Chris Simoens
01 May 2011
Despite our high-tech prowess and our long-standing expertise and experience, we fail to succeed in feeding everyone. Once again, food prices are going through the roof. They were a not inconsiderable spark for the popular uprisings in the Arab countries. And yet there is enough food for everyone. Why is it so difficult to eradicate hunger?

To answer this question, we must ask another question: who are the billion people who are still suffering from hunger today? Surprisingly, more than 70% of them are farmers in their own right, landless agricultural workers and shepherds living in rural areas in developing countries. The rest live in slums. They ended up there because the countryside offered them no future as farmers.

At least 500 million farmers have nothing but a hoe to work the land. They account for 80% of the farmers in Africa and 40-60% of the farmers in Asia and Latin America. They do not have a draught animal, let alone a tractor. Nor do they have the money for pesticides, fertilisers and improved seeds. They grow food for their own use, and only sell the surplus, if any. The slightest setback, such as a plague or bad weather, has disastrous consequences for them.





At the root of the problem lies an unequal evolution in the North and South. In the early 20th century, most farmers produced 1 tonne of grain per worker. The most advanced farmers - with the first machines still pulled by animals - reached 10 tonnes. Since then, the engine of industrial agriculture has set itself in motion. First in the US, after the Second World War also in Europe. The ingredients were: mechanisation, fertilisers, pesticides, specialisation, improved varieties, large scale ... Today, this industrial agriculture manages to yield 500-2000 tonnes per worker, while the poor farmers in the South still work by hand. So the ratio is now 1/2000.


With the advent of modern transport - large ships, airplanes, motorways... - food could also be transported to all corners of the world faster and in large quantities. In combination with the liberalisation of international trade, a single world market for food was created. From then on, food prices were set at world level, with cereal mainly dictating food prices. And because industrial agriculture in the North offered huge quantities of cereal, food prices dropped considerably. Consequently, even the small African farmer with nothing but a hoe received a pittance for his harvest.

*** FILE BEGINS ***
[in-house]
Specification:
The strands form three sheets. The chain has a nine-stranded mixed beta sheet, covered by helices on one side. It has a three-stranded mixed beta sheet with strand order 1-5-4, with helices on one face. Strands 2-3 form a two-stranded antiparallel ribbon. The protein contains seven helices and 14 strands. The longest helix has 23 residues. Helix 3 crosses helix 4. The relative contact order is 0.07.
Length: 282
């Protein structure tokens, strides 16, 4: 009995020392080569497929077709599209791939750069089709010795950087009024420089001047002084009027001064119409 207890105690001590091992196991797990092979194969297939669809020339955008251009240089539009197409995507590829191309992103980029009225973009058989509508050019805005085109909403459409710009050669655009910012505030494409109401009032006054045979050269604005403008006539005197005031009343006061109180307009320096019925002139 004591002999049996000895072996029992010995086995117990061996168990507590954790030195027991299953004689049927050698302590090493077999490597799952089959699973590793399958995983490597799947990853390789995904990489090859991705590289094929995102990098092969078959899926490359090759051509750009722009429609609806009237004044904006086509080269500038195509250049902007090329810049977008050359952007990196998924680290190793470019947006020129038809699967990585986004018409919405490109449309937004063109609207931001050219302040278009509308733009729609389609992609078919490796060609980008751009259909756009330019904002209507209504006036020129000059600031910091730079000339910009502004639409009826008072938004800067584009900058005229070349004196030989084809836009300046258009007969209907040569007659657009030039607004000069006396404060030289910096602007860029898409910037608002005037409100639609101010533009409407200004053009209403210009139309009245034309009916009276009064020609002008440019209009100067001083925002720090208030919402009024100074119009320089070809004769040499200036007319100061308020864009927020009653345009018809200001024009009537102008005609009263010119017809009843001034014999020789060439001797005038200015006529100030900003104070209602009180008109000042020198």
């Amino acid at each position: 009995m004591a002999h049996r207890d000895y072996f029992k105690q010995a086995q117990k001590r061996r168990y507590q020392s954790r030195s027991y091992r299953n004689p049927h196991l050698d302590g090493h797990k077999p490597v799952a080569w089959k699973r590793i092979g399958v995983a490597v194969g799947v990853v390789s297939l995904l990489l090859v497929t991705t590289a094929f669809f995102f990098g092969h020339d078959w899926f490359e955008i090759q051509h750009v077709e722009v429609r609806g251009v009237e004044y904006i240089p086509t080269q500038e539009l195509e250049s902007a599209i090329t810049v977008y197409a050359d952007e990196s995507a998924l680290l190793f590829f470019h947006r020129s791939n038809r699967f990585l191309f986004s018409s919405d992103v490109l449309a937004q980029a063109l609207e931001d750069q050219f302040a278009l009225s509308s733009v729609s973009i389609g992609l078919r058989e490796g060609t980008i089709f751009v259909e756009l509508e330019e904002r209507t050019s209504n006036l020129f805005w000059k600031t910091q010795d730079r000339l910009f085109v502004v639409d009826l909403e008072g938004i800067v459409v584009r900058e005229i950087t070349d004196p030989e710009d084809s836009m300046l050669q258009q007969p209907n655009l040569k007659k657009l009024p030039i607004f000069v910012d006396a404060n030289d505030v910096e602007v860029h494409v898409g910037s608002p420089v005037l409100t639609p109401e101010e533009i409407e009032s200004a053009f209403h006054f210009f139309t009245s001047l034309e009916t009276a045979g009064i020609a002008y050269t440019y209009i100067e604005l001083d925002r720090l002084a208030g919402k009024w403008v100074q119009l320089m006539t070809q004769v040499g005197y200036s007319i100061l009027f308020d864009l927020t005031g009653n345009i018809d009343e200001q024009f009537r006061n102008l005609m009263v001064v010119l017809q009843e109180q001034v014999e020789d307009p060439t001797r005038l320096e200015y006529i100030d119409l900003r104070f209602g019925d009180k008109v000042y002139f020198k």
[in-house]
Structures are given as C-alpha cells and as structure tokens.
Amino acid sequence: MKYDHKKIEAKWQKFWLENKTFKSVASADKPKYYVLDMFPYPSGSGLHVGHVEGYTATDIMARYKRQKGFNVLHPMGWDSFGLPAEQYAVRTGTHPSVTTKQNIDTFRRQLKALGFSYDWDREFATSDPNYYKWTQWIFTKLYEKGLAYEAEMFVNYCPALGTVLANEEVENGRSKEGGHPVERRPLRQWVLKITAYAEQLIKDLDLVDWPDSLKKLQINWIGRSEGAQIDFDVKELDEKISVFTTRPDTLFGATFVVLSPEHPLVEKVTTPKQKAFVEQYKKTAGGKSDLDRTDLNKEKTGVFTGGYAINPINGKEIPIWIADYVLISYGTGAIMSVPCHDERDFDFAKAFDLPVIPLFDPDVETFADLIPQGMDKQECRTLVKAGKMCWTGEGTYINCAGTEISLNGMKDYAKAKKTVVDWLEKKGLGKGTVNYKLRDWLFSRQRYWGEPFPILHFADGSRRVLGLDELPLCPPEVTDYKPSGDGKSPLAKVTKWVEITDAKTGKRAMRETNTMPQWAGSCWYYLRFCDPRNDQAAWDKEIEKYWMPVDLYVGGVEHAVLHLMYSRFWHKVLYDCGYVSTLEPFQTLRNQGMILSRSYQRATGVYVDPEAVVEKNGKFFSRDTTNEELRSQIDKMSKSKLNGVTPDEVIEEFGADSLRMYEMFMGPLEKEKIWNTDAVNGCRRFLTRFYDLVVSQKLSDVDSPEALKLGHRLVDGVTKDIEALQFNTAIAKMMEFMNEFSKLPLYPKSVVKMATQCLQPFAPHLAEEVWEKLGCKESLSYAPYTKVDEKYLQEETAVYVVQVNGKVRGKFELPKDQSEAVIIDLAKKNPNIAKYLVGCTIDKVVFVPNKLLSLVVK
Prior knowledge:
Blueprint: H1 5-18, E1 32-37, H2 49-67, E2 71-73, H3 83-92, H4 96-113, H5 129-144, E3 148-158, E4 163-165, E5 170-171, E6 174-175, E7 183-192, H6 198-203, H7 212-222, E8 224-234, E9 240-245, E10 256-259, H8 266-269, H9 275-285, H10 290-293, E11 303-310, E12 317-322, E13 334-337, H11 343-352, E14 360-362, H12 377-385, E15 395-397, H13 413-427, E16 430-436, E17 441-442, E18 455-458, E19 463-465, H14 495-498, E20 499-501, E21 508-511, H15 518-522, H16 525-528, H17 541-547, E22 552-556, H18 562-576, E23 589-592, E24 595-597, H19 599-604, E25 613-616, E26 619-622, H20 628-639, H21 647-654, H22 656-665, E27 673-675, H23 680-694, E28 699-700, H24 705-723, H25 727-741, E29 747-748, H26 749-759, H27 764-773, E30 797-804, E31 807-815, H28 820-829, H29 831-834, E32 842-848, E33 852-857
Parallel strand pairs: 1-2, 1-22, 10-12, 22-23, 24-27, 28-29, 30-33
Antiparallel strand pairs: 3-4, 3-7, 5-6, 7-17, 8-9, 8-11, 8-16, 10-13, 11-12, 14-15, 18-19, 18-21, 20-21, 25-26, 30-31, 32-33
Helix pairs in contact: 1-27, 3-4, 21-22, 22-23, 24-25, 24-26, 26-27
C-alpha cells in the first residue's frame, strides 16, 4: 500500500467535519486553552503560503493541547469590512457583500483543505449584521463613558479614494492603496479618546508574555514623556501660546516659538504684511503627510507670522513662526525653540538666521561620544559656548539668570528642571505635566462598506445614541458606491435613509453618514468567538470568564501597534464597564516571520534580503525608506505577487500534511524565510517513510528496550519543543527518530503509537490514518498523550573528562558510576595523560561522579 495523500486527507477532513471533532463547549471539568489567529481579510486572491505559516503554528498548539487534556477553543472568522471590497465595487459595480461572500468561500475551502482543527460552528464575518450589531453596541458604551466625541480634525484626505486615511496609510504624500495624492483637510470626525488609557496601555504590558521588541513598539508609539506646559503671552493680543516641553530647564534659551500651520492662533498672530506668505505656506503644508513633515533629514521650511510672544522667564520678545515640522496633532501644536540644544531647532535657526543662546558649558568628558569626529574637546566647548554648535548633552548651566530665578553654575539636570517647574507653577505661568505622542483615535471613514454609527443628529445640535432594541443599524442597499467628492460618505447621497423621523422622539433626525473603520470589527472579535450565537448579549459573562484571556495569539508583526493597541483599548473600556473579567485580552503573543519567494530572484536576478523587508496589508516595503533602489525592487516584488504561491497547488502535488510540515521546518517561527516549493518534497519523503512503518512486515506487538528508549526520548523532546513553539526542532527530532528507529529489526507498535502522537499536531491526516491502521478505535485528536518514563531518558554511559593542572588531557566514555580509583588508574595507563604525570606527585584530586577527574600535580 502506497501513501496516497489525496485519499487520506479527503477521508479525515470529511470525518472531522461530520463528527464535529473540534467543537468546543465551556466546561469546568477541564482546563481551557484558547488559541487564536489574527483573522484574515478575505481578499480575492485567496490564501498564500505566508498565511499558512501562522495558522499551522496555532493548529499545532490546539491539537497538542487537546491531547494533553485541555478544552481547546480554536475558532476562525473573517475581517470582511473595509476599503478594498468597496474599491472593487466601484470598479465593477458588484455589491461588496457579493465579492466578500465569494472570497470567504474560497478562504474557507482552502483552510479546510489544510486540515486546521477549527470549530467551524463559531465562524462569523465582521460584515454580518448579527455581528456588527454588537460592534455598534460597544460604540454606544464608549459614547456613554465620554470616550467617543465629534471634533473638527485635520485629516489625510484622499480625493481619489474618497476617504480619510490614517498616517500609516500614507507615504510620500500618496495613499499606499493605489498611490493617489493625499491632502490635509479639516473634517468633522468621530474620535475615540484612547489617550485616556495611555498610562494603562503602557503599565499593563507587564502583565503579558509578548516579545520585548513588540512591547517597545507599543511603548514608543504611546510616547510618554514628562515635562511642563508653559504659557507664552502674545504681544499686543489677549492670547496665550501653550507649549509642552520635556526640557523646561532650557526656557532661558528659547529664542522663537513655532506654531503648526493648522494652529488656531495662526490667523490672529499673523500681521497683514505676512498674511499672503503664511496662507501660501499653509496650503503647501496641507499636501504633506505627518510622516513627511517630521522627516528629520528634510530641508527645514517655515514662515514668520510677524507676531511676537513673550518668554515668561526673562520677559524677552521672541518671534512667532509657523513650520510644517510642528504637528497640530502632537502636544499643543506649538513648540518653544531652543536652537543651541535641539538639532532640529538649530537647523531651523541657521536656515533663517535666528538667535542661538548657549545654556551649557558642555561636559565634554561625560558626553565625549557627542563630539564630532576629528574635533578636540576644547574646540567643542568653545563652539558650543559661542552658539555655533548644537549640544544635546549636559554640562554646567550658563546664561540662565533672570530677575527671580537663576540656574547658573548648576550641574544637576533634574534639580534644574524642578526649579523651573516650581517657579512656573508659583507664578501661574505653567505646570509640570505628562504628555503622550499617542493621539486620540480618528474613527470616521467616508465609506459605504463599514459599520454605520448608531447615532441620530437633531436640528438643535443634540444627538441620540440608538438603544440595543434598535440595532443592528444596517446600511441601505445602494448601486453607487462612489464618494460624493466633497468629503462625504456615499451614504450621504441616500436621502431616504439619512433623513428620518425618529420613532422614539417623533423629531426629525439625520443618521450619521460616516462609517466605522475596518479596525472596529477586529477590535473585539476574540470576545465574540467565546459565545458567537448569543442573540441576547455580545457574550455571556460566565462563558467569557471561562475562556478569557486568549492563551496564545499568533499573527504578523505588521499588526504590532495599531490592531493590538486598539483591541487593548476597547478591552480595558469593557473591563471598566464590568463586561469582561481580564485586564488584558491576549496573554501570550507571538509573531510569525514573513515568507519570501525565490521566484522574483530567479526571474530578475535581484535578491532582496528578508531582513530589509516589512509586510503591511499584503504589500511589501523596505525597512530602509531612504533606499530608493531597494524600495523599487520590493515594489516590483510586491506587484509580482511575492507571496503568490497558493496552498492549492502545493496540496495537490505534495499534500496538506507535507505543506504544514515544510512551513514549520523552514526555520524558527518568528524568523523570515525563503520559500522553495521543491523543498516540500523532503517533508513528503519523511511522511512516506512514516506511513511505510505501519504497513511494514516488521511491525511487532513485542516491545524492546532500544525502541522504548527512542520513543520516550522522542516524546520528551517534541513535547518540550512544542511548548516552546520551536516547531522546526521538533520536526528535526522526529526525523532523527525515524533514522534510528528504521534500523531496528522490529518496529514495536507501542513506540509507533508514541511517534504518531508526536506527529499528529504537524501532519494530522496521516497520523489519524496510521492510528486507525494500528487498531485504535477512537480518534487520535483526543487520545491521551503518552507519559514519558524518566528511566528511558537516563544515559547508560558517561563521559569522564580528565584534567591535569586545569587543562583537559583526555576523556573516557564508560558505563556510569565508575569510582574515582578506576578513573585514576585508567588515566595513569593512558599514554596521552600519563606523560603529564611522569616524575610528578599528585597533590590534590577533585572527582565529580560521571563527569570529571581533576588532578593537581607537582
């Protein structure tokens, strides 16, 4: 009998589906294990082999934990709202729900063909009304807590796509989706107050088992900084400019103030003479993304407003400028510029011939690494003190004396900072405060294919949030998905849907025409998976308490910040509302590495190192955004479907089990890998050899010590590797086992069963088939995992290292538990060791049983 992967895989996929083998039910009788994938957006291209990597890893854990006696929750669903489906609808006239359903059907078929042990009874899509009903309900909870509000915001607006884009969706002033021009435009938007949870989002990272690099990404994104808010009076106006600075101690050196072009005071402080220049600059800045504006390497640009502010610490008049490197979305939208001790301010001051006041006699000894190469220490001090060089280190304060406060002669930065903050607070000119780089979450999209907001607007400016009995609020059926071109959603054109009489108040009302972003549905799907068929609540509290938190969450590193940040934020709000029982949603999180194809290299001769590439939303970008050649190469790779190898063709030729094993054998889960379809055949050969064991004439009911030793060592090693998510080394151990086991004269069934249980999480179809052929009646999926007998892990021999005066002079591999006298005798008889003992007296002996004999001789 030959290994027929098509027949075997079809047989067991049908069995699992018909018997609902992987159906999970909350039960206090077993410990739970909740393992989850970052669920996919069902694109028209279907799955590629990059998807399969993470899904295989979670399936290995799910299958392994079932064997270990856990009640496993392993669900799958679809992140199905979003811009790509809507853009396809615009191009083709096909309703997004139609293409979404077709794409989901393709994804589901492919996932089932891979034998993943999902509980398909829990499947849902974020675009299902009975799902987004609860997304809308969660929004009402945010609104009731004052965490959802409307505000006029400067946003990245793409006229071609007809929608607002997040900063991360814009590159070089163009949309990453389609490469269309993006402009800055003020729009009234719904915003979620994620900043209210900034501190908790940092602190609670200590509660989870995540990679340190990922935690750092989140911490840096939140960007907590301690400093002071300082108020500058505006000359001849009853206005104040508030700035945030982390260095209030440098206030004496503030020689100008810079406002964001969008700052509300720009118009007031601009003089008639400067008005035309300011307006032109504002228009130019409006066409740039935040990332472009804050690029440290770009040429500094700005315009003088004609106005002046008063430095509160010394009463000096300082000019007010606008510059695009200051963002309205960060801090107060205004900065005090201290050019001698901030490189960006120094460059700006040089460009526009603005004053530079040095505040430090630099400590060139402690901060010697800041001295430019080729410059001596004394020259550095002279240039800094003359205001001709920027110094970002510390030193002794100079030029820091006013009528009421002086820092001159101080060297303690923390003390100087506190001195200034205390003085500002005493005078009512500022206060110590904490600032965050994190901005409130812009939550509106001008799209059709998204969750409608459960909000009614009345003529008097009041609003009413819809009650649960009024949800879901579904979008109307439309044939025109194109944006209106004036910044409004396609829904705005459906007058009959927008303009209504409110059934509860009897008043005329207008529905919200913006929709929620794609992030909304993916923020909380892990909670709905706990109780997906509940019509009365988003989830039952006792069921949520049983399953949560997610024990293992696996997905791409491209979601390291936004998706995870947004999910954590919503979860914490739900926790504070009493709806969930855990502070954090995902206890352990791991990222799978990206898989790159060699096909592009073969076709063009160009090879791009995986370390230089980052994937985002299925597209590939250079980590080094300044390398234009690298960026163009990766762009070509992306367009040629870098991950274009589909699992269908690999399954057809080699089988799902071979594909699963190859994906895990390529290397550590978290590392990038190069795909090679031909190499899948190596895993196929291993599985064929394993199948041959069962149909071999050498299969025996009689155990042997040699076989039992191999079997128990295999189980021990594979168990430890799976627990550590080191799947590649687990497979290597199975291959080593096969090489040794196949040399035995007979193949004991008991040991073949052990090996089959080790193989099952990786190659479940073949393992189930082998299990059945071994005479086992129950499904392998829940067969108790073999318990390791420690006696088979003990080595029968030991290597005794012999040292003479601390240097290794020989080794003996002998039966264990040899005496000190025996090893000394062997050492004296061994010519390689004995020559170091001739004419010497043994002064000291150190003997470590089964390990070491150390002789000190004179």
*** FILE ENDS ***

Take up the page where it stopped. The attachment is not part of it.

For Europe, the new agricultural policy was a success. After all, the new European Community after World War II wanted to avoid famines. It succeeded in this. In order to achieve this, however, it offered their farmers higher prices than the world market. Moreover, the transition to large-scale farming was gradual. Small farmers who left agriculture found work in the industry and the service sector. Either that, or they received unemployment benefit while waiting for a job.


Downward spiral


The small farmer in the South has no options for getting out. In the South, the confrontation with industrial agriculture was much more brutal, and the government neglected its farmers. A desperate struggle began.

As it was no longer profitable to market food, the farmers switched - either entirely or in part - to tropical crops, something which the rich countries cannot grow. Farmers produced their food only for themselves, which led to domestic shortages. And so developing countries were forced to import food to feed their growing urban population.